Like any other surf trip with good waves and good company, spirits rise along with the level of surfing as a session in solitude makes everybody feel like they’ve found paradise. I never expected to have this feeling in central Texas, hundreds of miles from the sea, but with the quick flight barely tickling my bank account, I had to see what all the hype was about. Ten friends, one house, and a 13-hour session with nonstop waves. In chlorine.
The humidity hit much like the powerful offshore spray coming from a Nicaraguan a-frame when I got off the plane. But again, this was Texas and Central American offshores were far, far away. Stepping onto the deck of the pool, where I’d imagine sand would be on a natural coast, the smell of chlorine wafted through the air and the water lay still with a fog dancing on the surface. I scratched my head in confusion of what to do. Do I wax my board? Do I put on sunscreen? Should I trunk it or do I need neoprene?
A churning sound came from behind the concrete wall of the pool and a slow ripple quickly grew into a machine-like wave, no pun intended. We all screamed at the top of our lungs watching that first four-wave set roll through. Boards couldn’t be waxed fast enough and spring suits seemed to take forever to put on while the speakers blasted Metallica to set the mood.
The first hour in and a friend of mine had already clocked 35 rides on his wave-tracking watch. Another friend was surfing for just the third time ever and even he managed to get barreled, thanks to the wave controller who switched setups at our demand — just a simple wave of the arms and voila, the point-like wave was changed into the wedge of our dreams with a simple drop and the easiest entry into a tube you’ve ever seen. Once said-barreled friend realized what he’d just done, he immediately ran out of the water to go slug a quick beer.
Of course, this kind of perfection comes with a price. The wave or waves you request may be perfect for whichever inner grom you wish to unlock, but that doesn’t mean sacrifices aren’t required. The wedge setting sucks all the water off the concrete bottom and heaves it over your head. If you get lipped, you already know exactly where you’re headed. A few butterfly bandages and some super glue later and you’ll paddle straight back out, though. Why wouldn’t you when you cracked open your piggy bank for this experience?
The only hiccup about experiencing this place for the average surfer is its cost. Scoring a day in the pool with just your friends requires a number with four zeros and a comma attached to it. Split with ten buddies and the individual cost moves that comma over, but it’s still there. But think about it for a second. Say you booked a trip to Nicaragua, for example, from California. The flight, the rental car, and a place to stay right on the water adds up just as quick and you’re still left needing to pray for swell and offshore winds. Even then, you can’t pray (or pay) the crowds away. Here in Waco, Texas, however, the only sets to fight for were among friends. The experience is exhausting and everyone in our group went in at several points throughout the day to get water and re-fuel.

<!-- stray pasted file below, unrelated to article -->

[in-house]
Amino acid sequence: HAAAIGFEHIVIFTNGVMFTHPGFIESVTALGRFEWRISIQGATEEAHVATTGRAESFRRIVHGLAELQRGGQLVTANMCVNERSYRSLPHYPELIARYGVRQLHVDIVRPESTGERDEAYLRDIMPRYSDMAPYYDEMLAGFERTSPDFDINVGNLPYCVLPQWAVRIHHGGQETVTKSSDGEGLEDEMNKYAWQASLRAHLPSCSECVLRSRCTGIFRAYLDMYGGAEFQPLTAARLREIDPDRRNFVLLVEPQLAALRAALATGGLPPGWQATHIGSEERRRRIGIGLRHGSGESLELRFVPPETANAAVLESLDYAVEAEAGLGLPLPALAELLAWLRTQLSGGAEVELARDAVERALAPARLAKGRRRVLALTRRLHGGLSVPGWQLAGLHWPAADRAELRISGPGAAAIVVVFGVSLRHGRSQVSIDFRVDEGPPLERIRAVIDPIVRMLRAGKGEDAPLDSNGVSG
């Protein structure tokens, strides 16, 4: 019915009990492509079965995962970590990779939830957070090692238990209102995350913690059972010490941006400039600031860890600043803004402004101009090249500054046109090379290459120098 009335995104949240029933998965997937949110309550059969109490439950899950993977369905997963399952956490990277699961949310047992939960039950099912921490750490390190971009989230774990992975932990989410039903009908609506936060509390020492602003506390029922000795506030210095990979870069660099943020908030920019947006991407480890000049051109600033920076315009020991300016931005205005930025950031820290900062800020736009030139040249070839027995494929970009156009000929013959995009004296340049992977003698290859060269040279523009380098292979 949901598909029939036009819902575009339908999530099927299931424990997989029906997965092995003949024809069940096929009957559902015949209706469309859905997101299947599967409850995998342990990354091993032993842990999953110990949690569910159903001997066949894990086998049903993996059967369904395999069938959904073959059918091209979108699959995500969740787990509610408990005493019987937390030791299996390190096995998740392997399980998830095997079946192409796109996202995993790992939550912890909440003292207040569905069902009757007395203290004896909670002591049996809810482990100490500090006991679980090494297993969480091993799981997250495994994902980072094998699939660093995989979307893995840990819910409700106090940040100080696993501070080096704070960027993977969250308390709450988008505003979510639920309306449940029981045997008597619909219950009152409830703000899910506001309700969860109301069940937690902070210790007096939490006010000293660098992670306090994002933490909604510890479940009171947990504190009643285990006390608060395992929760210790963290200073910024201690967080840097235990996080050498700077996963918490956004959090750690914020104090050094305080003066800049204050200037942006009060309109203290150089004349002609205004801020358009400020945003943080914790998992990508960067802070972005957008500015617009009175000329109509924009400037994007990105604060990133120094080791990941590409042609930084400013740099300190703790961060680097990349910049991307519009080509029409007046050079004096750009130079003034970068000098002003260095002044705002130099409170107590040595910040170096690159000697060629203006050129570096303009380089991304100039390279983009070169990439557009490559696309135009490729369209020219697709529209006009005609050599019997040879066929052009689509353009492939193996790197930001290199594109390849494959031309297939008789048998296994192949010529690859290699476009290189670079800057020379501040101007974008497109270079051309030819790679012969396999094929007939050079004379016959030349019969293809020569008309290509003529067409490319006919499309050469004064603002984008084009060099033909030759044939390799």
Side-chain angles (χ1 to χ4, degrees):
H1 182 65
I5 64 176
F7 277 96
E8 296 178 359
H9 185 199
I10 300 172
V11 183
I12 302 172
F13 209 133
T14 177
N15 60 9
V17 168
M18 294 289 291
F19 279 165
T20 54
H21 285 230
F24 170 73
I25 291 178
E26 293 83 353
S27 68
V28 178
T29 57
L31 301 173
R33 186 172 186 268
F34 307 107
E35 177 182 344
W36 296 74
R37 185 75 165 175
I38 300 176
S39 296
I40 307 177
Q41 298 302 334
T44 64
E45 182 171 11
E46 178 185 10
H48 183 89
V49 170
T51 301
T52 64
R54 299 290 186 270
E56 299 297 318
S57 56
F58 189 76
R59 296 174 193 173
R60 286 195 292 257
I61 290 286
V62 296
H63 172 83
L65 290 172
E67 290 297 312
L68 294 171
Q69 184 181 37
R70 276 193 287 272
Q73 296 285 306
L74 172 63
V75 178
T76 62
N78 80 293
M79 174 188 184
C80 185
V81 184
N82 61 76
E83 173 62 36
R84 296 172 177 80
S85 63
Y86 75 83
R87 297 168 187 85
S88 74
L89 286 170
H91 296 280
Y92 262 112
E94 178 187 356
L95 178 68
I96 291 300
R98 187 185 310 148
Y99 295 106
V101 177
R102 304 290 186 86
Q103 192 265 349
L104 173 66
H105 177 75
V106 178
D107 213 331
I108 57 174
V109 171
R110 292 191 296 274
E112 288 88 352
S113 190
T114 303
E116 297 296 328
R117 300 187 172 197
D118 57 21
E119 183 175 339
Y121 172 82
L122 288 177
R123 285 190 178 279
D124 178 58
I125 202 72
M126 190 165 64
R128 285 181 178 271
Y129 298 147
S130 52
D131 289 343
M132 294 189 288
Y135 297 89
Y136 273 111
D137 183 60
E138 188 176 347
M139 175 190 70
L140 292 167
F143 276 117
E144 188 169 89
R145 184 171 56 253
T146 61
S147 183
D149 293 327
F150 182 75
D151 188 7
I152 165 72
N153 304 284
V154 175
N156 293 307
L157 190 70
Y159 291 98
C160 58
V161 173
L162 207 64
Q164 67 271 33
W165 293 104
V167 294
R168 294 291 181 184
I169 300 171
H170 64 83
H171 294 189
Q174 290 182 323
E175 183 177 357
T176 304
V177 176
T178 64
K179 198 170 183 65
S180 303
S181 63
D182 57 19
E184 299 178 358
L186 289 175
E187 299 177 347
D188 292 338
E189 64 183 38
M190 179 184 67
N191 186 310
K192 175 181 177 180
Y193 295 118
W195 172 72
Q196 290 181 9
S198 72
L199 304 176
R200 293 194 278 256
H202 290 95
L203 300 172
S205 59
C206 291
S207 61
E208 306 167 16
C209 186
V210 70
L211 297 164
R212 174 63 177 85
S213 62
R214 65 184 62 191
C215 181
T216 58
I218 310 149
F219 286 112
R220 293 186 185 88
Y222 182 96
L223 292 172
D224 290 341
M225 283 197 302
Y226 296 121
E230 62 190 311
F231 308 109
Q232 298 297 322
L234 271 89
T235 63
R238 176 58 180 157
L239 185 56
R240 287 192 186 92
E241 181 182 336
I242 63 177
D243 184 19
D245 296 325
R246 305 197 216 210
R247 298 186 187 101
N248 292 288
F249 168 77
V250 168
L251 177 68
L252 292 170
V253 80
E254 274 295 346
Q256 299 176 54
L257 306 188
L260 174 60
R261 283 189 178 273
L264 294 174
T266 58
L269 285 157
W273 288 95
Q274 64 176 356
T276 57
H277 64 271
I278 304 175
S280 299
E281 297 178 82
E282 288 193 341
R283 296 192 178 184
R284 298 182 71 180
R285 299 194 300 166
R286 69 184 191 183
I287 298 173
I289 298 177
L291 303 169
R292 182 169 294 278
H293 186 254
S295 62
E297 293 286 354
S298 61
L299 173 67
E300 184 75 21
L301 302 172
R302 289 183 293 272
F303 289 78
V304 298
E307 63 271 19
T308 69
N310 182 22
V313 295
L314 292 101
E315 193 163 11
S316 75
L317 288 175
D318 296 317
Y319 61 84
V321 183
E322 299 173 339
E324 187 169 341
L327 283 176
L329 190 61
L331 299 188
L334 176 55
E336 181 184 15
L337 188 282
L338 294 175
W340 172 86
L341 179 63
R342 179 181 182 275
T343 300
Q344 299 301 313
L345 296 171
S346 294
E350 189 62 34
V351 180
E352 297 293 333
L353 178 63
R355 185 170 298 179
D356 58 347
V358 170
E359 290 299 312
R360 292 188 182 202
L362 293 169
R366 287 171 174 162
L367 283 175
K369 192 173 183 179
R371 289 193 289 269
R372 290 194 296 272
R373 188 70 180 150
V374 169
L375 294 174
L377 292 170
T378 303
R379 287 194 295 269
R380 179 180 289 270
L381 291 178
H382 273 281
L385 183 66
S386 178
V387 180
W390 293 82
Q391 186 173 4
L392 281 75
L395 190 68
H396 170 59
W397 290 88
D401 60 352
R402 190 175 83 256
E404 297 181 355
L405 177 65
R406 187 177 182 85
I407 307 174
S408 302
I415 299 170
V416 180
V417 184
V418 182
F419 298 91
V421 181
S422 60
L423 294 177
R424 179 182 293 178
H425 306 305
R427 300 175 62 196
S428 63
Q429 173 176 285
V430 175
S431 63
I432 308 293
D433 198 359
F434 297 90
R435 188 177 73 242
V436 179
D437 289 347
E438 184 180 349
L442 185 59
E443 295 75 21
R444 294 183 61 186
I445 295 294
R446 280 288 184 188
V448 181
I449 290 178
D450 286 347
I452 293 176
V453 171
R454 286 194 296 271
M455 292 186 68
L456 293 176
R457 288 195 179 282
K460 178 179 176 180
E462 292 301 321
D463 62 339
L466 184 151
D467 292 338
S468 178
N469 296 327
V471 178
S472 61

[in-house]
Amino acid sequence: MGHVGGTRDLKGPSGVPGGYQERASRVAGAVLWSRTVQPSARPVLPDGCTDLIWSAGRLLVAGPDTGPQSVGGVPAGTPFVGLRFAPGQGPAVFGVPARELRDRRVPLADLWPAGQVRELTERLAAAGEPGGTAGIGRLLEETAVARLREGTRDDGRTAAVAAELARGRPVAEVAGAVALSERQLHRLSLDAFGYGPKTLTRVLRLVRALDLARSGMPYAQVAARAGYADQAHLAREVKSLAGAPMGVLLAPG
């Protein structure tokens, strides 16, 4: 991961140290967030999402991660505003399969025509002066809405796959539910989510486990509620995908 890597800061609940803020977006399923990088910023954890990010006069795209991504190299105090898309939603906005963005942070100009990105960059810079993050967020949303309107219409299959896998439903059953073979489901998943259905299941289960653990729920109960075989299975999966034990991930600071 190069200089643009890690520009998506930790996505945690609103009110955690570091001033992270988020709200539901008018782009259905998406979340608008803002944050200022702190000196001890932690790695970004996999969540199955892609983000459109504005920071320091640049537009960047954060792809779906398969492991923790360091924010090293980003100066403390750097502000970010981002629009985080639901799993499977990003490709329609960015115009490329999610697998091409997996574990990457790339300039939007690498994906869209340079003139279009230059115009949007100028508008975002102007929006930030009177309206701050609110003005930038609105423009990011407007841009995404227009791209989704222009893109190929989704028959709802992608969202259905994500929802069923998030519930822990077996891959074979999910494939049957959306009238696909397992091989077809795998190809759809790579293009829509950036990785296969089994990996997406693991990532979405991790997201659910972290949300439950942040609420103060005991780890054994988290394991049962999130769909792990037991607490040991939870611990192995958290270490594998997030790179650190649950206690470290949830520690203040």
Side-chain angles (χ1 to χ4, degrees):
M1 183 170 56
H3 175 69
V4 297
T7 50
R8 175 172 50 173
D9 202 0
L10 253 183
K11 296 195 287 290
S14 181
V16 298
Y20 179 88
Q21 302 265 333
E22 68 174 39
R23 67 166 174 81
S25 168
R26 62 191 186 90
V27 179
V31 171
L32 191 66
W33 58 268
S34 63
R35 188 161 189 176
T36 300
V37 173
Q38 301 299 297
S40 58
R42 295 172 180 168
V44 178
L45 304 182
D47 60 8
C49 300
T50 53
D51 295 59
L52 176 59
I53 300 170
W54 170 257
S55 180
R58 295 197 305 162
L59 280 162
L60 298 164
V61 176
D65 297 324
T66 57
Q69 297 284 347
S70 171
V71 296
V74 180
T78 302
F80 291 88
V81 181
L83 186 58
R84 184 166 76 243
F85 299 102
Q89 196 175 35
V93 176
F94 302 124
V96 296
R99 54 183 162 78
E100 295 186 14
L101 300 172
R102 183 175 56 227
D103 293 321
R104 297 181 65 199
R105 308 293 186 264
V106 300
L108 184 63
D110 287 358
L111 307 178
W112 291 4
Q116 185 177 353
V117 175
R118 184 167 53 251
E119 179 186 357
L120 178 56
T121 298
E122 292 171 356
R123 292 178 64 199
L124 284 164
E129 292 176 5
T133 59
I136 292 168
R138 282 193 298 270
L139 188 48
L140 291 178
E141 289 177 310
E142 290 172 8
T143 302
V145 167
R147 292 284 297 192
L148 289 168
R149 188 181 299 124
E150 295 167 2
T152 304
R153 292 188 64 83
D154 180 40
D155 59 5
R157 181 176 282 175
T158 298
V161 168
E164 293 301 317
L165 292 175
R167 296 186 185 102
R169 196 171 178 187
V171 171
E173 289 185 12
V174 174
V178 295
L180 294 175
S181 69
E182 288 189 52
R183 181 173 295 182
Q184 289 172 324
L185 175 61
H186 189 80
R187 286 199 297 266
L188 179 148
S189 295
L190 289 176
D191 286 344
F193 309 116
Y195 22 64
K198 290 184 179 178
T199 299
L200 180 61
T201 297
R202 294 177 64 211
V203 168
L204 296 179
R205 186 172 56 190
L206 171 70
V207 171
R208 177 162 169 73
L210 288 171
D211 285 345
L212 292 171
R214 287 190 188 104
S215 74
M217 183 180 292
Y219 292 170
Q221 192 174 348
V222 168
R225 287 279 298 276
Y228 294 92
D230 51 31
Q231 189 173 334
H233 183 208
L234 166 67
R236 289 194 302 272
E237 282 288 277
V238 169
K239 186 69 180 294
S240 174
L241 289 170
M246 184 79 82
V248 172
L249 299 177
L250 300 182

Surfing, as we all know and learn, is a selfish sport. When that set comes marching through at your local or even at your dream destination on the other side of the globe, you want it for yourself. Sure, you want your buddies to get theirs too but only if you get yours. If you say otherwise, you’re lying.
The beauty here is that there’s actually enough to go around. Yes, you will have to break the bank for an all-day shred with friends, but it’s worth it. My friend who’d tracked 35 waves on his watch in the first hour lost that same watch in the pool, never to be found again. What do you think his wave count was in that 10-hour day — each and every one offered at his request and without the hassle of a crowded lineup? It’s certainly enough to satiate our regular selfish appetite.
So I beg of all surfers out there to try for themselves, for it will remind you of the inner grom that lies within, whether you’re already the most surf-stoked human on the planet or in need of some laughter and fun with friends. Ten months ago I followed a path in life that took me away from the ocean. My trip to Waco was my first surf since, and I felt everything rush back to me from my days growing up in San Clemente. My stoke returned, all thanks to a bit of chlorine in the middle of Texas.